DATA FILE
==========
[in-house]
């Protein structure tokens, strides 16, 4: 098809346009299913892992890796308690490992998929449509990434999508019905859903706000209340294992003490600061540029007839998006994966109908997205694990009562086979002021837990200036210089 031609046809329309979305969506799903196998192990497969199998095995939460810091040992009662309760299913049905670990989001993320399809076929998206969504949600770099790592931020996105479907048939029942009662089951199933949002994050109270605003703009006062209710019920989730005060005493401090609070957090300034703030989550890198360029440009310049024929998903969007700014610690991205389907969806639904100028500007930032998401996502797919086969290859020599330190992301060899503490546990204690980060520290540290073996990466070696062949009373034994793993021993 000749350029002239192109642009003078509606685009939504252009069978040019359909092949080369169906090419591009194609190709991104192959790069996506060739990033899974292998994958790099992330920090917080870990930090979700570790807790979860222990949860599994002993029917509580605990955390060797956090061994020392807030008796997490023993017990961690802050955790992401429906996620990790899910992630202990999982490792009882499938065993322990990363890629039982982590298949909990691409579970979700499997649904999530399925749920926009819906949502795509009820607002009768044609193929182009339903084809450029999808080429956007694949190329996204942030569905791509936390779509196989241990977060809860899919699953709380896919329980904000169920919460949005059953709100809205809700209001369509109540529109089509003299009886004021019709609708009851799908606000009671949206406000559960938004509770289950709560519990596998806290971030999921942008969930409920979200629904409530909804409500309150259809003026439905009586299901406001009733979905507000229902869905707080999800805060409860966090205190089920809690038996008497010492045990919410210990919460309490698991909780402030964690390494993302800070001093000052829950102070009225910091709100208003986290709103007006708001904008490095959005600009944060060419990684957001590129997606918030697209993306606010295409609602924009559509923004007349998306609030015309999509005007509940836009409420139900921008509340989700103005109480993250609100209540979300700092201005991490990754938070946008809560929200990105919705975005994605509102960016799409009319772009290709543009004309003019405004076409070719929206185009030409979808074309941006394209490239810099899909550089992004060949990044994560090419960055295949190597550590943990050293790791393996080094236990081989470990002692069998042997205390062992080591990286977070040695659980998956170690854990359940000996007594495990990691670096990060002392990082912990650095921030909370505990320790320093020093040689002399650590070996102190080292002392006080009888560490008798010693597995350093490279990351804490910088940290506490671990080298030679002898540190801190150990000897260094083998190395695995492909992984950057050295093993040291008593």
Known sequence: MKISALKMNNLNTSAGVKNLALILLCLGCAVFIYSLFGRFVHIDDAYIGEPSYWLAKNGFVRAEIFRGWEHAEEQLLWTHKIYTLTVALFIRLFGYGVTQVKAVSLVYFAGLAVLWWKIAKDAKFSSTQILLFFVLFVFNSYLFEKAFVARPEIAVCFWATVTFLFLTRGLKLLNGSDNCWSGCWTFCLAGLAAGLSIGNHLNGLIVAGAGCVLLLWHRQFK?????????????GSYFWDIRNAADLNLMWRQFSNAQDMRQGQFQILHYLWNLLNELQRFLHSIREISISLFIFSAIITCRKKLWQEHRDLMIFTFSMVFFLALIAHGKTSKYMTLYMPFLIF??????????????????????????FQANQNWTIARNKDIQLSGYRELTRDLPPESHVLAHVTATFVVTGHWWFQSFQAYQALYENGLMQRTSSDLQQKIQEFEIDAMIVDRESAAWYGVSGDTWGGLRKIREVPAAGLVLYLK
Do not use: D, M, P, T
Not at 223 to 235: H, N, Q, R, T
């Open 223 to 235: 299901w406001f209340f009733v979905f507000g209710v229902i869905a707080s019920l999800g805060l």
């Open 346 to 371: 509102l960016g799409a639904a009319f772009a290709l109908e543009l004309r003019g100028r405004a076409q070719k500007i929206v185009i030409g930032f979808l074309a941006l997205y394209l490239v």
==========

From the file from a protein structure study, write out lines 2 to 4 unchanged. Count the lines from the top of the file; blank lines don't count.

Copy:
């Protein structure tokens, strides 16, 4: 098809346009299913892992890796308690490992998929449509990434999508019905859903706000209340294992003490600061540029007839998006994966109908997205694990009562086979002021837990200036210089 031609046809329309979305969506799903196998192990497969199998095995939460810091040992009662309760299913049905670990989001993320399809076929998206969504949600770099790592931020996105479907048939029942009662089951199933949002994050109270605003703009006062209710019920989730005060005493401090609070957090300034703030989550890198360029440009310049024929998903969007700014610690991205389907969806639904100028500007930032998401996502797919086969290859020599330190992301060899503490546990204690980060520290540290073996990466070696062949009373034994793993021993 000749350029002239192109642009003078509606685009939504252009069978040019359909092949080369169906090419591009194609190709991104192959790069996506060739990033899974292998994958790099992330920090917080870990930090979700570790807790979860222990949860599994002993029917509580605990955390060797956090061994020392807030008796997490023993017990961690802050955790992401429906996620990790899910992630202990999982490792009882499938065993322990990363890629039982982590298949909990691409579970979700499997649904999530399925749920926009819906949502795509009820607002009768044609193929182009339903084809450029999808080429956007694949190329996204942030569905791509936390779509196989241990977060809860899919699953709380896919329980904000169920919460949005059953709100809205809700209001369509109540529109089509003299009886004021019709609708009851799908606000009671949206406000559960938004509770289950709560519990596998806290971030999921942008969930409920979200629904409530909804409500309150259809003026439905009586299901406001009733979905507000229902869905707080999800805060409860966090205190089920809690038996008497010492045990919410210990919460309490698991909780402030964690390494993302800070001093000052829950102070009225910091709100208003986290709103007006708001904008490095959005600009944060060419990684957001590129997606918030697209993306606010295409609602924009559509923004007349998306609030015309999509005007509940836009409420139900921008509340989700103005109480993250609100209540979300700092201005991490990754938070946008809560929200990105919705975005994605509102960016799409009319772009290709543009004309003019405004076409070719929206185009030409979808074309941006394209490239810099899909550089992004060949990044994560090419960055295949190597550590943990050293790791393996080094236990081989470990002692069998042997205390062992080591990286977070040695659980998956170690854990359940000996007594495990990691670096990060002392990082912990650095921030909370505990320790320093020093040689002399650590070996102190080292002392006080009888560490008798010693597995350093490279990351804490910088940290506490671990080298030679002898540190801190150990000897260094083998190395695995492909992984950057050295093993040291008593």
Known sequence: MKISALKMNNLNTSAGVKNLALILLCLGCAVFIYSLFGRFVHIDDAYIGEPSYWLAKNGFVRAEIFRGWEHAEEQLLWTHKIYTLTVALFIRLFGYGVTQVKAVSLVYFAGLAVLWWKIAKDAKFSSTQILLFFVLFVFNSYLFEKAFVARPEIAVCFWATVTFLFLTRGLKLLNGSDNCWSGCWTFCLAGLAAGLSIGNHLNGLIVAGAGCVLLLWHRQFK?????????????GSYFWDIRNAADLNLMWRQFSNAQDMRQGQFQILHYLWNLLNELQRFLHSIREISISLFIFSAIITCRKKLWQEHRDLMIFTFSMVFFLALIAHGKTSKYMTLYMPFLIF??????????????????????????FQANQNWTIARNKDIQLSGYRELTRDLPPESHVLAHVTATFVVTGHWWFQSFQAYQALYENGLMQRTSSDLQQKIQEFEIDAMIVDRESAAWYGVSGDTWGGLRKIREVPAAGLVLYLK
Do not use: D, M, P, T